She remembers witnessing a learning moment in one meeting. “One of the videos talked about how race is a social construct. A member said, ‘What does that mean?’ She was really taken aback.
“We grow up thinking that since genetics cause blue eyes and brown eyes, any physical distinctions are based on some kind of reality that sets your lot in life,” Judd says. “It was nice to see her have a lightbulb moment and feel safe enough to voice it.”
A formal organization
Obtaining 501(c)3 U.S. Internal Revenue status took a year and required hiring an attorney to assist with document preparation. It means that they can now fundraise, and the newly assembled directors are brainstorming about additional ways the organization can contribute to the spiritual life of the community.
Part of their mission is to go beyond hosting, and mentor Baha’is and others who want to create similar ongoing meaningful conversations. Adrian designed a “Do-it-Yourself” help page with a “contact us” button, so people may reach out to them for advice and encouragement. “We have about 350 pre-screened videos,” he says, which serve as catalysts for the dialogues. The website suggests alternatives to videos, like inviting a speaker or choosing an article to read and discuss. “The point is to get together to talk, and the conversation is free to go wherever it has to go,” he notes.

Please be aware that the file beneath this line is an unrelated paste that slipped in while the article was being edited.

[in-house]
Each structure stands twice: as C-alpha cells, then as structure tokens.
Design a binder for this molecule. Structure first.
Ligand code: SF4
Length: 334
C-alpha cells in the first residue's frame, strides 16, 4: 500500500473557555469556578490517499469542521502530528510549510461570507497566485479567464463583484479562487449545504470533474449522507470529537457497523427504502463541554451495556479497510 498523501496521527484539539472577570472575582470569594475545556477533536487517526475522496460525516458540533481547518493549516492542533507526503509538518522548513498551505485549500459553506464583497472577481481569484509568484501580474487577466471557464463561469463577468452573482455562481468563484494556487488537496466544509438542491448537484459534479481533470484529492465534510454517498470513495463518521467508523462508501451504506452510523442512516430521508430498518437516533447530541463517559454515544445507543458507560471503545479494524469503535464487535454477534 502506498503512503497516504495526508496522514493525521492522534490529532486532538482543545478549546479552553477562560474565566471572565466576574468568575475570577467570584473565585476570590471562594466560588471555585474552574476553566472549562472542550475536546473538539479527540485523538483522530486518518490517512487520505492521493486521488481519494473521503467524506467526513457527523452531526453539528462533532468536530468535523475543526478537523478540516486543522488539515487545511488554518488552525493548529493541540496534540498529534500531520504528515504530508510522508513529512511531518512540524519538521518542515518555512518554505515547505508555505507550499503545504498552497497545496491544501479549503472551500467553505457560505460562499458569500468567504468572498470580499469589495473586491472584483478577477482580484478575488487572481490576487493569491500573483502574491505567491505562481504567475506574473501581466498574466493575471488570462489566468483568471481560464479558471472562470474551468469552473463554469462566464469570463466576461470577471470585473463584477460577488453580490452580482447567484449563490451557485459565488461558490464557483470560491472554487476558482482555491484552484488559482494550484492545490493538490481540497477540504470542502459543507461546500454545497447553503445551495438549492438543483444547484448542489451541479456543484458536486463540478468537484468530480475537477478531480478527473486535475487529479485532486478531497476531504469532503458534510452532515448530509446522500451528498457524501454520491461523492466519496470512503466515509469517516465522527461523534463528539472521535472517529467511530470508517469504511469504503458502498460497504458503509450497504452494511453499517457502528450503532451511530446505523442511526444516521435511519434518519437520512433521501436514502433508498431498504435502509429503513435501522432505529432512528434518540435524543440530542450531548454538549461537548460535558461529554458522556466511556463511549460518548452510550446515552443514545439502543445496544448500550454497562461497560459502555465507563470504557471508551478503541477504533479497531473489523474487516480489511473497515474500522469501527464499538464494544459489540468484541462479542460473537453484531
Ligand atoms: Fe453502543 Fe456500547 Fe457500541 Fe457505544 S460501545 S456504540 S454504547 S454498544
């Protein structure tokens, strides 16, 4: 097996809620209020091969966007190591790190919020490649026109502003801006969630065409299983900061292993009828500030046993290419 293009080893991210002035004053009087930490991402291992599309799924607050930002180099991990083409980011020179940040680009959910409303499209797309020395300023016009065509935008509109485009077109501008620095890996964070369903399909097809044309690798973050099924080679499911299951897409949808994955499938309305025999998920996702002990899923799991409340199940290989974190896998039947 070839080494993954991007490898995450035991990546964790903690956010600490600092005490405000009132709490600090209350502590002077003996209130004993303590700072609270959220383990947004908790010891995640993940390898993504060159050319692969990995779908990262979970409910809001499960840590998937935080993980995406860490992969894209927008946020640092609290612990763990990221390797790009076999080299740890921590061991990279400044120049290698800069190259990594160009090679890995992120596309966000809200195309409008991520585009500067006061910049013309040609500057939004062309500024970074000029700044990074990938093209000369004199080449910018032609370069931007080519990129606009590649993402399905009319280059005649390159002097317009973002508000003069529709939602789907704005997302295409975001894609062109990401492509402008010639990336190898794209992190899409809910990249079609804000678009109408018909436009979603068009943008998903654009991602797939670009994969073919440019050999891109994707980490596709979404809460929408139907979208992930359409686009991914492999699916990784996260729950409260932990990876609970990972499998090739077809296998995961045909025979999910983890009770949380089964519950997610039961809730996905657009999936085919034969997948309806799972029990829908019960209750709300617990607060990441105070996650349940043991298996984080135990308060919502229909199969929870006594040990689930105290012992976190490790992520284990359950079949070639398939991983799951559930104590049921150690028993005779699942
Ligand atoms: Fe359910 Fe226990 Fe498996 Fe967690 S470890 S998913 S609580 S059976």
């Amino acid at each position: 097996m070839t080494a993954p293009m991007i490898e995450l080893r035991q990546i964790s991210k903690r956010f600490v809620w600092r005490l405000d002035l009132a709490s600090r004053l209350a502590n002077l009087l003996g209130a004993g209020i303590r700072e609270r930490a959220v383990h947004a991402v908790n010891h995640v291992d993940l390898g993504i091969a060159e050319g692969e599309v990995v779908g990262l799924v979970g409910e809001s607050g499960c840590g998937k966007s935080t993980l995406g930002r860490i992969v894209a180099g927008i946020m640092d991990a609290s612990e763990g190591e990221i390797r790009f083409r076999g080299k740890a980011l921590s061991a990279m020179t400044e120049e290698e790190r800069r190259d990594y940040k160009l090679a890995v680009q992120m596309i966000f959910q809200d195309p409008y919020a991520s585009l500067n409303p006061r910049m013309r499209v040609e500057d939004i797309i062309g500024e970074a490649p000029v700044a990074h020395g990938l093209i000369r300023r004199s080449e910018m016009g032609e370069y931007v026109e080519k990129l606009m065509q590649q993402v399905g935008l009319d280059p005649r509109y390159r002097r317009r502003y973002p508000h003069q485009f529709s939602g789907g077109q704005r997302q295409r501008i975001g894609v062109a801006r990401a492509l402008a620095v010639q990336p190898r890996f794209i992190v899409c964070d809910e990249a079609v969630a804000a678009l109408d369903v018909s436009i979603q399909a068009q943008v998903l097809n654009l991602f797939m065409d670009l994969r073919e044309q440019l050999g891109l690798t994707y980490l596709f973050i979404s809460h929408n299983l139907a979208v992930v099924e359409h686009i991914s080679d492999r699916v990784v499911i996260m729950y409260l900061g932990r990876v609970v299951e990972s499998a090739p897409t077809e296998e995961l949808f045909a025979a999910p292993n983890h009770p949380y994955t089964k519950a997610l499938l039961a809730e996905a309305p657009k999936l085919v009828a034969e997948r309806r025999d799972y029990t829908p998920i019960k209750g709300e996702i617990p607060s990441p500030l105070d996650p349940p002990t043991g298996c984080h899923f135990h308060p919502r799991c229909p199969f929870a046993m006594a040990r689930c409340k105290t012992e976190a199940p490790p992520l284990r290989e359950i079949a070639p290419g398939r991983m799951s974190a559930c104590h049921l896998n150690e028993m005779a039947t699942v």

In September the group was invited by a local library to demonstrate the program for youth. “We watched a video, a conversation starter,” Nancy says. Among the attendees was a young woman. She and her fiancé placed a high value on social justice, but her future in-laws did not, and she was unsure how to respond when they repeatedly challenged her views. “She was feeling terribly ganged-up on,” Nancy says. “So we spent an hour talking about ways for her to respond when they tried to bait or provoke her.” In response to this immediate need, Adrian says they provided her with strategies to change the tenor of the family conversation.
For years the “Pizza & Social Justice” meetings were “around the dining table,” or occasionally at a restaurant. Since the pandemic began they’ve taken place instead through Zoom.
Judd praises Adrian’s quick adaptation of the group’s meetings to the internet platform in response to the pandemic. Because of this, she says, they “didn’t miss a beat.”
While Nancy misses the warmth and fun of in-person gatherings, she says that meeting virtually has one advantage. “People from all over the country participate.”